Further Protests Against Government in Poland – but this Time with Apparent Support of President Duda and Solidarity Hero Wałęsa
Poles have turned out in their thousands to protest against an attempted government takeover of the courts, after President Andrzej Duda – traditionally a supporter of the governing Law and Justice (PiS) party – made the shock announcement that he would veto the new law.
PiS introduced two bills into parliament last week, both to legislate on the sacking of judges and reappointments from the party stable. The move brought Poles onto the streets over the weekend, in all of Poland’s major cities. They were protesting against the concentration of all judicial powers in the hands of one man – Zbigniew Ziobro.
Mr Ziobro and backbench MP Jarosław Kaczyński, who leads PiS, had already drawn criticism following the illegal appointment of the former in the combined role of justice minister and prosecutor general.
The eyes of the world turned on Poland, with the European Union and Amnesty International among those to raise voices in concern about an attack on the separation of government and courts – one of the pillars of democratic society.
Inside Poland, opposition parties that have not traditionally seen eye to eye formed a loose coalition, announcing twice-daily meetings to coordinate policy to defend the Constitution and the rule of law in the country from the latest government attack.
It was announced unofficially that Lech Wałęsa, hero of the Solidarity movement that overthrew Poland’s last authoritarian government when communism fell in 1989, was on his way to Warsaw to join the parliamentarians in their fight.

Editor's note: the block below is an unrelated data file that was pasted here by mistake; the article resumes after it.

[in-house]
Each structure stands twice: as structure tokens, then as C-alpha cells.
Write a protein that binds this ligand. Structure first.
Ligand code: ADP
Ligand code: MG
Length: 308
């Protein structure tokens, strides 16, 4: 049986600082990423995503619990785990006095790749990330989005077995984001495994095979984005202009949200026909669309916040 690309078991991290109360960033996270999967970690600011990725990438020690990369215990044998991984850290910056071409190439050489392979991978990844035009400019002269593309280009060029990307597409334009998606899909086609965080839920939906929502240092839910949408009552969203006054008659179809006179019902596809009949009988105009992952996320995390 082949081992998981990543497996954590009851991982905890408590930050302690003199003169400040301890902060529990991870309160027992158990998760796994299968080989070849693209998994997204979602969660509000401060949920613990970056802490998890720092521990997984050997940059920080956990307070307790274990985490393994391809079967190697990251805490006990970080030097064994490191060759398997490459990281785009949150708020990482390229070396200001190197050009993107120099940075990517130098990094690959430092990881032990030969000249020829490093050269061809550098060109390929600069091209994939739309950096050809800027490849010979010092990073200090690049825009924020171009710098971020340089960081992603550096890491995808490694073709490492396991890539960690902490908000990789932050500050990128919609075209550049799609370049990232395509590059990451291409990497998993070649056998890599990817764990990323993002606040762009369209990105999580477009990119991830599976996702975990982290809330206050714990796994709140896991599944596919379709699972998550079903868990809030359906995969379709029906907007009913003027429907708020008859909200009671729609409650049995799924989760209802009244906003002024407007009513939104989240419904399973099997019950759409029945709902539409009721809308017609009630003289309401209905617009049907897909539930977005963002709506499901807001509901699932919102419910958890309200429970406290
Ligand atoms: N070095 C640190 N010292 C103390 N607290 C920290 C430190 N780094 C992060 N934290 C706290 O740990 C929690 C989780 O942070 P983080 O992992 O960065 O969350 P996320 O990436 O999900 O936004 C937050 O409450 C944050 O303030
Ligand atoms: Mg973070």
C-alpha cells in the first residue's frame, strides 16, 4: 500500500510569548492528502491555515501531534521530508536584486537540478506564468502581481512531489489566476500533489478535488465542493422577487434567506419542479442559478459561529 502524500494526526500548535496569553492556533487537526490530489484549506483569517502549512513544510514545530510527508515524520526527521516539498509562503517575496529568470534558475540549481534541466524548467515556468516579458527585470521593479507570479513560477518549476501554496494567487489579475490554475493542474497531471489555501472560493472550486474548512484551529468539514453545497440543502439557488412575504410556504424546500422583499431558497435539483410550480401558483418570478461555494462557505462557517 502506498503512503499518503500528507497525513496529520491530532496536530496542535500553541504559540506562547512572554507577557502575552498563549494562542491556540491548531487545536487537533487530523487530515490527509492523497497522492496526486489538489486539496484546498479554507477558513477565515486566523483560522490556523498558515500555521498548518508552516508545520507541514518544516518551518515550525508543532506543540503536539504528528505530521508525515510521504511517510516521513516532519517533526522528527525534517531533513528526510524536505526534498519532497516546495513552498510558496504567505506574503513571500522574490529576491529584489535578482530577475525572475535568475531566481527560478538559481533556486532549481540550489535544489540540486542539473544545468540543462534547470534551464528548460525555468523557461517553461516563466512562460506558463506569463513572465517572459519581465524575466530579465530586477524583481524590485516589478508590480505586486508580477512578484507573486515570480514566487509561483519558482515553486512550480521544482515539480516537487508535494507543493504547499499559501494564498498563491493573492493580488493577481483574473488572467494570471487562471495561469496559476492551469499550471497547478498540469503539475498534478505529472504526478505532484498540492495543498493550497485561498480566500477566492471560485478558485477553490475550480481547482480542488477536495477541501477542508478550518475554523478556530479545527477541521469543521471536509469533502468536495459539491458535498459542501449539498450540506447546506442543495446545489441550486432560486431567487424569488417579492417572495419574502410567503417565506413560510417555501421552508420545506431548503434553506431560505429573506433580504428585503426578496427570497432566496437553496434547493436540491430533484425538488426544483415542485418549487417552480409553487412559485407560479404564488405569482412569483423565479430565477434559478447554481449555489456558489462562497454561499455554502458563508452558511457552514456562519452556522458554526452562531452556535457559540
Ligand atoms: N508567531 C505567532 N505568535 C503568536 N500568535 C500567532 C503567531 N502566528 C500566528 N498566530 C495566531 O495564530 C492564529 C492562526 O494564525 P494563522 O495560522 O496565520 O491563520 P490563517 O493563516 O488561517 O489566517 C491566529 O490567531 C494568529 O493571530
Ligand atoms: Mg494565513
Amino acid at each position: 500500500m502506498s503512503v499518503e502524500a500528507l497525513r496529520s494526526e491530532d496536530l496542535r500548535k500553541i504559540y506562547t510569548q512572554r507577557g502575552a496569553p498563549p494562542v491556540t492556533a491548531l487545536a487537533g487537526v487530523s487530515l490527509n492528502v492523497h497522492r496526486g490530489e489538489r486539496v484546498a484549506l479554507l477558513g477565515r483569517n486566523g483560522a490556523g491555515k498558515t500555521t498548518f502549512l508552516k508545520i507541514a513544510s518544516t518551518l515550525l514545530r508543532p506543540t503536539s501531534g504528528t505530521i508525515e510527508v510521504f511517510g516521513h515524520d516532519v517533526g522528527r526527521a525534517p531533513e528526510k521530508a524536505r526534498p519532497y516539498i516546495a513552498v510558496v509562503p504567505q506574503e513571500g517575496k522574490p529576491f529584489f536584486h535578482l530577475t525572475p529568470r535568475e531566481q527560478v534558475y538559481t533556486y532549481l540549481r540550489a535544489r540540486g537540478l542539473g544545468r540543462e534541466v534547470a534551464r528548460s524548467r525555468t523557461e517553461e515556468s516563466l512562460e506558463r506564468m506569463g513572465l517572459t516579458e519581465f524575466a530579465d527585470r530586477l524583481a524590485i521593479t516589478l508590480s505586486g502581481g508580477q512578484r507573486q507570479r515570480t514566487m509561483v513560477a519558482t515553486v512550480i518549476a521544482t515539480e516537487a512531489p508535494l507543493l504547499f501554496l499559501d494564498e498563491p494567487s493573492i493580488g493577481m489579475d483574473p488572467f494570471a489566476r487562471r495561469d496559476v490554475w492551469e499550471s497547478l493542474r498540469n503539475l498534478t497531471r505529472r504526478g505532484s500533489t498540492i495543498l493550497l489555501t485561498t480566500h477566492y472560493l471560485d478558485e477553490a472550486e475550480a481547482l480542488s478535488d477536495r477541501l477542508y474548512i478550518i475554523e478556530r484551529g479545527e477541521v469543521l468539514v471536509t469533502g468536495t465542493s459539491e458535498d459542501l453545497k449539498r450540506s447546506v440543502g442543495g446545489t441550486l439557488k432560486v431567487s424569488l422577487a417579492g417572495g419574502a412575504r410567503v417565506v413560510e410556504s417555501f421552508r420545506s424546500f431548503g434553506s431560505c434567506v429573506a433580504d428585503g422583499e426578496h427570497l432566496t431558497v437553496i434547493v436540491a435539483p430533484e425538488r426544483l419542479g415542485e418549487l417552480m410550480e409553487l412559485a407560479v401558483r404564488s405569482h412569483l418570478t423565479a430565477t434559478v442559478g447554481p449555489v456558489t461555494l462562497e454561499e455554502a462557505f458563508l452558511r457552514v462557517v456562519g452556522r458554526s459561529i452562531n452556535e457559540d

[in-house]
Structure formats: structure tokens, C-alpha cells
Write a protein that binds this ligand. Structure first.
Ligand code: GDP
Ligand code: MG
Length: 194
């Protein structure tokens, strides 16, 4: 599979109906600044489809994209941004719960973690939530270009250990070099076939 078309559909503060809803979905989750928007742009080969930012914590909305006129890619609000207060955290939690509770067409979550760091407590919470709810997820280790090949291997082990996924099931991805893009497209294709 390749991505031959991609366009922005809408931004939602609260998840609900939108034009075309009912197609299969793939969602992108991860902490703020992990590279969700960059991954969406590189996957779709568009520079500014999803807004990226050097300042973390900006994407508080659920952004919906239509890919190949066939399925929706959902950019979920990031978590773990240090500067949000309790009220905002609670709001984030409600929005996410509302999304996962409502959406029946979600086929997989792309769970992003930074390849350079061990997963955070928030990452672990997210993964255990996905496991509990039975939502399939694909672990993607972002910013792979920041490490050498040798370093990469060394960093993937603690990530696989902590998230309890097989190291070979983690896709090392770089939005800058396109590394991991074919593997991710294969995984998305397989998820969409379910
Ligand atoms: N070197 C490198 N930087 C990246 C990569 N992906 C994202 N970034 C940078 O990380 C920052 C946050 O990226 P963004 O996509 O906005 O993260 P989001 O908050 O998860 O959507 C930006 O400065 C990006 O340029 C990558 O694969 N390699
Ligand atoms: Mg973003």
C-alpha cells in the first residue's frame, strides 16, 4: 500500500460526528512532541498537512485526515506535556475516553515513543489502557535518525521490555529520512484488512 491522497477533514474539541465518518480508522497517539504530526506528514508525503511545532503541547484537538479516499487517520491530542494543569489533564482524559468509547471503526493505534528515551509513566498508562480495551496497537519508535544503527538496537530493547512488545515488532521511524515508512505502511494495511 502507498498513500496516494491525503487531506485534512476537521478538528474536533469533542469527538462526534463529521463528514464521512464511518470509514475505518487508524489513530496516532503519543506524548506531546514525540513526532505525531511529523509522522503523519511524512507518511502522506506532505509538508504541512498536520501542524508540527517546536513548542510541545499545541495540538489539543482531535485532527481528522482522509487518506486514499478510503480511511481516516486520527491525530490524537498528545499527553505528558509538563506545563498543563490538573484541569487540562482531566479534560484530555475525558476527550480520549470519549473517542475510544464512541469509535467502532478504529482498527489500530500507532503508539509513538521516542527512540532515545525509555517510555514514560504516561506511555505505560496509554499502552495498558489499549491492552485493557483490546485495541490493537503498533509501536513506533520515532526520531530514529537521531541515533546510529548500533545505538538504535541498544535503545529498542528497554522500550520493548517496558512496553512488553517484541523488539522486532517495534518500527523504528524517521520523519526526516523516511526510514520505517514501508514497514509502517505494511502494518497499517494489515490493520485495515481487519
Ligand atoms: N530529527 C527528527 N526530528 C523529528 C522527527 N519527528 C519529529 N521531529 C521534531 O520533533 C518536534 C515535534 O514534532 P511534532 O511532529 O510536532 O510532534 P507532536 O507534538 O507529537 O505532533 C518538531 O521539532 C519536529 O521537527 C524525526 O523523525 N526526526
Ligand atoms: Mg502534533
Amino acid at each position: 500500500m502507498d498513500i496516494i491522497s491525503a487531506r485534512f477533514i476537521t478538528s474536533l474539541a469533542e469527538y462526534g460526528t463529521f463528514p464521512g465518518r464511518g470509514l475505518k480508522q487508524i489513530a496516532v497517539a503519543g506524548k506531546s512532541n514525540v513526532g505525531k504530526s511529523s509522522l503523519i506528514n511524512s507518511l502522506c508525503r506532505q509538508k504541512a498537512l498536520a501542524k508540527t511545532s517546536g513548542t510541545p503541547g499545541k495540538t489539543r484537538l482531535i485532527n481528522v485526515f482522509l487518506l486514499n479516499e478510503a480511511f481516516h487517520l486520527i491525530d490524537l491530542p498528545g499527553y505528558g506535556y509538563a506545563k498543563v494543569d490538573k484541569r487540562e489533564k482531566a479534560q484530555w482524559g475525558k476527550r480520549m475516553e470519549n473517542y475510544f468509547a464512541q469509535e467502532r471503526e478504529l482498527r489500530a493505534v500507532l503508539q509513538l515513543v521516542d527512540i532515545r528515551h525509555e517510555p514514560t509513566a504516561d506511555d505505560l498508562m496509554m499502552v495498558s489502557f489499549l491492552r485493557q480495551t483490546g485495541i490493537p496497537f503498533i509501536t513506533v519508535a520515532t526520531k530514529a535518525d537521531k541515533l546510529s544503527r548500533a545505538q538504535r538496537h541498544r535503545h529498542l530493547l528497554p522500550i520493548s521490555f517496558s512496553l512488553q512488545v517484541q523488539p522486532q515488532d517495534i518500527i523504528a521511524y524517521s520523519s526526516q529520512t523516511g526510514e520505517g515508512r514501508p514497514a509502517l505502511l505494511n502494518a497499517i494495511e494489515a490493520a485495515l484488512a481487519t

And then, on Tuesday, afternoon, President Duda made his statement.
Mr Duda – who last week exercised his power of veto for the first time, to stop the PiS government taking control of local authorities – said: “I agree that reform of the National Judicial Council is needed. I am convinced that reform of the Supreme Court is also needed. But it should be reform carried out wisely and calmly”.
In a speech lasting just four minutes, the President demanded that PiS drop its call for Mr Ziobro to have the power to appoint judges. Only a three-fifths parliamentary majority could approve such appointments, said Mr Duda.
Echoing a similar mass protest in December of last year – and perhaps emboldened by the President’s words – thousands of Poles are right now on the streets of Warsaw. All media focused on the capital report that the protestors are attempting to block the Polish parliament. Police have set up barricades, and water cannon have been brought out – in a situation that one protestor has described as reminiscent of martial law.